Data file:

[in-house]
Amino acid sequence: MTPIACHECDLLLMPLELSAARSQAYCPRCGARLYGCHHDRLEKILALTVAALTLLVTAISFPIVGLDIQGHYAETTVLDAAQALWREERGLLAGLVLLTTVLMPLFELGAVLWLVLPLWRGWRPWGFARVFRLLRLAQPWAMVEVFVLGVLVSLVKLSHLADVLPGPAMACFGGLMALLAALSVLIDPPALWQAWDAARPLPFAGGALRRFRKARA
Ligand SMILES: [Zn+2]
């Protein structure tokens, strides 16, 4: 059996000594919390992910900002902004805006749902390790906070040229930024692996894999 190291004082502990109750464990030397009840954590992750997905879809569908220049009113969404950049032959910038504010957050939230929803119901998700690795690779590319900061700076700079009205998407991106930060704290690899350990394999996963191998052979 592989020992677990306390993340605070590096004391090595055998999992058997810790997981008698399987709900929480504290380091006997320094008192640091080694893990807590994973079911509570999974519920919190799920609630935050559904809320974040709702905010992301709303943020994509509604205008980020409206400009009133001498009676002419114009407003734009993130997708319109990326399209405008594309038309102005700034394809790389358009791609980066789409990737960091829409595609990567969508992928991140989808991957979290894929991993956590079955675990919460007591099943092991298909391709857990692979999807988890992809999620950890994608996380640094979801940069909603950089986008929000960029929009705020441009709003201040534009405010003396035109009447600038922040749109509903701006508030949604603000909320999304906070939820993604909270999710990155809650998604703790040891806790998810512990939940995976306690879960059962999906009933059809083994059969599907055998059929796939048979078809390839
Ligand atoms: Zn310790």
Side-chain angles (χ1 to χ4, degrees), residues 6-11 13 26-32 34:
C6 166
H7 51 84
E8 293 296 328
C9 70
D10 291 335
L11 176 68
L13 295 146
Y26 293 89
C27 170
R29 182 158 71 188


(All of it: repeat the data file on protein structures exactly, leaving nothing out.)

[in-house]
Amino acid sequence: MTPIACHECDLLLMPLELSAARSQAYCPRCGARLYGCHHDRLEKILALTVAALTLLVTAISFPIVGLDIQGHYAETTVLDAAQALWREERGLLAGLVLLTTVLMPLFELGAVLWLVLPLWRGWRPWGFARVFRLLRLAQPWAMVEVFVLGVLVSLVKLSHLADVLPGPAMACFGGLMALLAALSVLIDPPALWQAWDAARPLPFAGGALRRFRKARA
Ligand SMILES: [Zn+2]
């Protein structure tokens, strides 16, 4: 059996000594919390992910900002902004805006749902390790906070040229930024692996894999 190291004082502990109750464990030397009840954590992750997905879809569908220049009113969404950049032959910038504010957050939230929803119901998700690795690779590319900061700076700079009205998407991106930060704290690899350990394999996963191998052979 592989020992677990306390993340605070590096004391090595055998999992058997810790997981008698399987709900929480504290380091006997320094008192640091080694893990807590994973079911509570999974519920919190799920609630935050559904809320974040709702905010992301709303943020994509509604205008980020409206400009009133001498009676002419114009407003734009993130997708319109990326399209405008594309038309102005700034394809790389358009791609980066789409990737960091829409595609990567969508992928991140989808991957979290894929991993956590079955675990919460007591099943092991298909391709857990692979999807988890992809999620950890994608996380640094979801940069909603950089986008929000960029929009705020441009709003201040534009405010003396035109009447600038922040749109509903701006508030949604603000909320999304906070939820993604909270999710990155809650998604703790040891806790998810512990939940995976306690879960059962999906009933059809083994059969599907055998059929796939048979078809390839
Ligand atoms: Zn310790």
Side-chain angles (χ1 to χ4, degrees), residues 6-11 13 26-32 34:
C6 166
H7 51 84
E8 293 296 328
C9 70
D10 291 335
L11 176 68
L13 295 146
Y26 293 89
C27 170
R29 182 158 71 188